A Russian court on 16 September 2020 sentenced Crimean Tatar civic journalist Seiran Saliyev to 16 years’ imprisonment on an identical charge to that used by the Soviet regime against his great-grandfather.
The latter’s refusal to go into a collective farm, after the Soviets had taken away everything he owned, had been treated as ‘trying to overthrow the state’ and “calling to counterrevolution”.
More than 80 years later, Seiran Saliyev was accused of ‘terrorism’ and ‘trying to overthrow the state’ after he reacted to the mounting repression following Russia’s annexation of Crimea by actively helping political prisoners and their families, and as a civic journalist, ensuring that people knew of the armed searches, arrests and political trials.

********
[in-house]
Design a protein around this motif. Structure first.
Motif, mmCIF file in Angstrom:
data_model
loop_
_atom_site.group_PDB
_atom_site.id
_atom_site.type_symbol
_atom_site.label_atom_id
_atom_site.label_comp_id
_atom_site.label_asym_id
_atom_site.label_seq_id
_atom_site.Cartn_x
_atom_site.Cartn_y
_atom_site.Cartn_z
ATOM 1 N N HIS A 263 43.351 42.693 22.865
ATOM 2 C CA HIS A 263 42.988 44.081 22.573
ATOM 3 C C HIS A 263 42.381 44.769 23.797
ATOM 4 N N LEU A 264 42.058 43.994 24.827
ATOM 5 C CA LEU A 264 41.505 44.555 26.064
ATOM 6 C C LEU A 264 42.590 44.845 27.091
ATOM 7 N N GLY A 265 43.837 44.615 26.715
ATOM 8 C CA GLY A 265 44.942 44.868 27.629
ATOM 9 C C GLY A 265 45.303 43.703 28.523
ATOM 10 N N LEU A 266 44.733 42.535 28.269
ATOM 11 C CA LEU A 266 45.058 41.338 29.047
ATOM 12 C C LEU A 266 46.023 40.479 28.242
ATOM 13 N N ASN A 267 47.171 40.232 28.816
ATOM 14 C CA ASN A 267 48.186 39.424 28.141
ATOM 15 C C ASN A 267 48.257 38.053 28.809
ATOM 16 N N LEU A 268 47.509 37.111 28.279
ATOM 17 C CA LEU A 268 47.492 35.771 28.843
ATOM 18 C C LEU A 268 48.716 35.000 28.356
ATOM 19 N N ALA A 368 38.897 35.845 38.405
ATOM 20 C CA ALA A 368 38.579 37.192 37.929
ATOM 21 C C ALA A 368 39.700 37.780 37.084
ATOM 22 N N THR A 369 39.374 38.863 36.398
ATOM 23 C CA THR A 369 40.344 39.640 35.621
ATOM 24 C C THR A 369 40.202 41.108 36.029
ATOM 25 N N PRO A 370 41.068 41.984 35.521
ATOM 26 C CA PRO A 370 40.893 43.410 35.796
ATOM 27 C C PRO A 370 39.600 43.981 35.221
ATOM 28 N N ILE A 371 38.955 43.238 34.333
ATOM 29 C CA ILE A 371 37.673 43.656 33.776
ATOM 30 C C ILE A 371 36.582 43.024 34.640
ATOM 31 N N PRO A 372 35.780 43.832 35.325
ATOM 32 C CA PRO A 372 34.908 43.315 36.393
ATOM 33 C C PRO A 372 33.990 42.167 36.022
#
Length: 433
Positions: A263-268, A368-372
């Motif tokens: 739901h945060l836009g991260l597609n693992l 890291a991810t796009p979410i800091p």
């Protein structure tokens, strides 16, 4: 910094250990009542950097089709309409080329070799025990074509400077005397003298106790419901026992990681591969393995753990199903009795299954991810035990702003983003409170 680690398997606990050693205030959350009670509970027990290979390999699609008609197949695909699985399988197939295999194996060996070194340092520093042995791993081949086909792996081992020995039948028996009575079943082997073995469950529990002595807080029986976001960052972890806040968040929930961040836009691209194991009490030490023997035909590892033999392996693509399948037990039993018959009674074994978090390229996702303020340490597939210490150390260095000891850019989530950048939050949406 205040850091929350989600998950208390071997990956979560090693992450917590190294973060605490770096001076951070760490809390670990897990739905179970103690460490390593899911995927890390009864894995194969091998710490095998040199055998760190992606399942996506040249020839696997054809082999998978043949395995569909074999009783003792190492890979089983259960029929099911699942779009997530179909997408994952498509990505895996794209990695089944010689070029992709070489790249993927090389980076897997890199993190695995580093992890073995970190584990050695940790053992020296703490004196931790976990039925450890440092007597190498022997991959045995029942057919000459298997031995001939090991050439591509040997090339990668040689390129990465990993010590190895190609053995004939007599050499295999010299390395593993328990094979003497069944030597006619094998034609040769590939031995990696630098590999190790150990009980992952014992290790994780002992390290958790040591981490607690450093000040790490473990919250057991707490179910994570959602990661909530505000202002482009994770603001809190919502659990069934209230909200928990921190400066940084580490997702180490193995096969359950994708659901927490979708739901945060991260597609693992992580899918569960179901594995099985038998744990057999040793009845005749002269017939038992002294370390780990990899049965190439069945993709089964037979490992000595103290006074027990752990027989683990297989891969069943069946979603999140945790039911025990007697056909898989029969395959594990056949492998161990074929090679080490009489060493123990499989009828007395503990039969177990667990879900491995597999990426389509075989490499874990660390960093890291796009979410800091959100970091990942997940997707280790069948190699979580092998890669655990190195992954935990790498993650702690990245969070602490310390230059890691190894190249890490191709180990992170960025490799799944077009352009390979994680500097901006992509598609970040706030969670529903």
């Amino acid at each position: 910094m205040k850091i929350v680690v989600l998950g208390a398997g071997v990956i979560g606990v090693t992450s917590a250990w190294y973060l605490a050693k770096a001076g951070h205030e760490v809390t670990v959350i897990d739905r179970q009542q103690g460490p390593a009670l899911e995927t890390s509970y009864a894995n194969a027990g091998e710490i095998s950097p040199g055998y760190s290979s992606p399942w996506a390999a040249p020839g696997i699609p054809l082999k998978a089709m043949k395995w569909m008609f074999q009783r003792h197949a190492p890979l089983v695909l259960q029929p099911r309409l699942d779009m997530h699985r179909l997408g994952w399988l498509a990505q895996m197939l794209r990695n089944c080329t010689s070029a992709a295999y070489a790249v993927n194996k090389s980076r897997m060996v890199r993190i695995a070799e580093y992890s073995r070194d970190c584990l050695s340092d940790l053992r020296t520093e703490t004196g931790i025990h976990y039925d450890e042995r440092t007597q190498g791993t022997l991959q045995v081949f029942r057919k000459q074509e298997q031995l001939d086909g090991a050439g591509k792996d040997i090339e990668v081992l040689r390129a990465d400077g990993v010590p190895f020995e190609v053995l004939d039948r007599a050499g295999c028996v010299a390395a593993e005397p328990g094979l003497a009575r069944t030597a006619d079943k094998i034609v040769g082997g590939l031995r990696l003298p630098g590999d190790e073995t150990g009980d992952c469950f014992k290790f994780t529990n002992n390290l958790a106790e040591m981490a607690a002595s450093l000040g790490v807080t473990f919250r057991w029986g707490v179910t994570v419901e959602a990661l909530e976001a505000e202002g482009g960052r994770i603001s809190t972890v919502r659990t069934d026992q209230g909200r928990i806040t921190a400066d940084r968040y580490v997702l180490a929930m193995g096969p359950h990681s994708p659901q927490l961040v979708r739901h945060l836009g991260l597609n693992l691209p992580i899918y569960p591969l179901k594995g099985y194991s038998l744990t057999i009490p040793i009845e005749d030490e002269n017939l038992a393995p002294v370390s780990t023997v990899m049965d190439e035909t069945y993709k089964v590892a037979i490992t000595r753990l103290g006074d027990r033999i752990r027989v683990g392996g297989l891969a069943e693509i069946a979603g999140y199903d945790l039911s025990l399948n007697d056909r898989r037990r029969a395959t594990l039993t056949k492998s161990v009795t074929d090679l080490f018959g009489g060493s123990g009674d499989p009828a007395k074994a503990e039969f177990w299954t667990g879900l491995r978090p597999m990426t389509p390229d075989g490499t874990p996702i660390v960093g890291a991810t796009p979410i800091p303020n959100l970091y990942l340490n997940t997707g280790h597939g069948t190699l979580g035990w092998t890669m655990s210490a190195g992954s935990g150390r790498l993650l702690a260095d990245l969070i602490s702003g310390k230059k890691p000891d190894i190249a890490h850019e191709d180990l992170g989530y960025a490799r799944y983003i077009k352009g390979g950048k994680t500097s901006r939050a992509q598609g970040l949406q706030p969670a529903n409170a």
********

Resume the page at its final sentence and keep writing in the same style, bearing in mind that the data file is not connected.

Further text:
The FSB initially tried to silence Saliyev through administrative prosecutions. When he refused to be silenced, or to leave Crimea, they brought the ‘terrorism’ charges.